Radio News Amateur's Handibook (1929)
The cover of the Radio News Amateur's Handibook from 1929
shows a well-dressed couple watching eagerly as a handyman
installs a radio in the mantle above their fireplace. It's an interesting
precursor to today's "modern" times, when homes wired for sound are
In the early days of radio, manufacturers went to some lengths
to disguise radio machinery to blend in with furnishings in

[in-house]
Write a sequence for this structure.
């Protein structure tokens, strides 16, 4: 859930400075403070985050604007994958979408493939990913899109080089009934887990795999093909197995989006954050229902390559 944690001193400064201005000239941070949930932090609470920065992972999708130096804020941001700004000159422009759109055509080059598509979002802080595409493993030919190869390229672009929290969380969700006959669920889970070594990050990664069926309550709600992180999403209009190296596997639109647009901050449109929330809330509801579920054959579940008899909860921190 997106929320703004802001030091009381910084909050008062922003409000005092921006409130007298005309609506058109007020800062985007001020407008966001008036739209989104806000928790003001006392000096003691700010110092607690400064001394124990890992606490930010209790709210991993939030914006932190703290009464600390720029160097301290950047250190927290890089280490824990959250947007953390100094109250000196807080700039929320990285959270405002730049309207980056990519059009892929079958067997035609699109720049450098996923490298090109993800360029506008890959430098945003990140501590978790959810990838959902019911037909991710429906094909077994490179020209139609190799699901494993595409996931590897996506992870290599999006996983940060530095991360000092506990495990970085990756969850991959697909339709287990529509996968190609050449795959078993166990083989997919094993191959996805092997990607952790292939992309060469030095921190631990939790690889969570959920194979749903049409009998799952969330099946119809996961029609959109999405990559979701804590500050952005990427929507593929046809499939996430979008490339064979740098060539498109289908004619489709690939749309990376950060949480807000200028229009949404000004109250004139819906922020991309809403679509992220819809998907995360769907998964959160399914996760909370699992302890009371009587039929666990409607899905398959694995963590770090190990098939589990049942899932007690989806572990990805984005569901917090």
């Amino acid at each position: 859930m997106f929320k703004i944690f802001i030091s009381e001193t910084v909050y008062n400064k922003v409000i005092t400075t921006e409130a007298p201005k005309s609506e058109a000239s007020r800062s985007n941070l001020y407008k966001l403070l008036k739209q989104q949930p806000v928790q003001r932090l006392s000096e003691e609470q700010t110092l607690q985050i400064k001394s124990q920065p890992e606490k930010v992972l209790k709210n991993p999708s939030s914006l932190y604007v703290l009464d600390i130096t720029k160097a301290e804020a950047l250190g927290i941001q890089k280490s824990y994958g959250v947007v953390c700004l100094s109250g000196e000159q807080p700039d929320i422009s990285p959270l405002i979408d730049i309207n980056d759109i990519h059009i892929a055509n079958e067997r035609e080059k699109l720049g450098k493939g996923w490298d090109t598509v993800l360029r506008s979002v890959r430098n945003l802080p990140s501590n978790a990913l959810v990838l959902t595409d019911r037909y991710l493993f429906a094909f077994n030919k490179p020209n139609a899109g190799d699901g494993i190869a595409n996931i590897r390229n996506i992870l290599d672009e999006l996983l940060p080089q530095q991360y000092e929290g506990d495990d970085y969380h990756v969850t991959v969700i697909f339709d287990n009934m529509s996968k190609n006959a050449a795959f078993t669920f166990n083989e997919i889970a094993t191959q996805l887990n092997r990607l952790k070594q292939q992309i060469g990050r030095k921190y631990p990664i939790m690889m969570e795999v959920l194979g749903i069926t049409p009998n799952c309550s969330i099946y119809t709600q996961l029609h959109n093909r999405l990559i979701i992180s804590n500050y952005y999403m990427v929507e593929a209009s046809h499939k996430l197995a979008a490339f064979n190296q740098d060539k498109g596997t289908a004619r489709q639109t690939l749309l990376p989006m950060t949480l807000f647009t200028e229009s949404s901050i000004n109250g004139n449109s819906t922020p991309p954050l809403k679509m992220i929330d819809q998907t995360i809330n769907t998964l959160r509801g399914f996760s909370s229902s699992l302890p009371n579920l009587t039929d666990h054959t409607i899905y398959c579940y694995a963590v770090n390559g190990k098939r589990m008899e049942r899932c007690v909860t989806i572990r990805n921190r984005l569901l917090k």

a parlor or living room. Some 1920s radio cabinets don't look like
radios at all until you open a door or panel to reveal the controls.
Other receivers were cleverly concealed inside tables or other furniture.
It didn't take long, however, before the radio itself became a centerpiece
rather than an ugly duckling. By the 1930s and 1940s, most radios proudly
displayed their speakers and controls and designers found innumerable
pleasing ways to integrate these elements with the cabinet.
©1995-2013 Philip I. Nelson, all rights reserved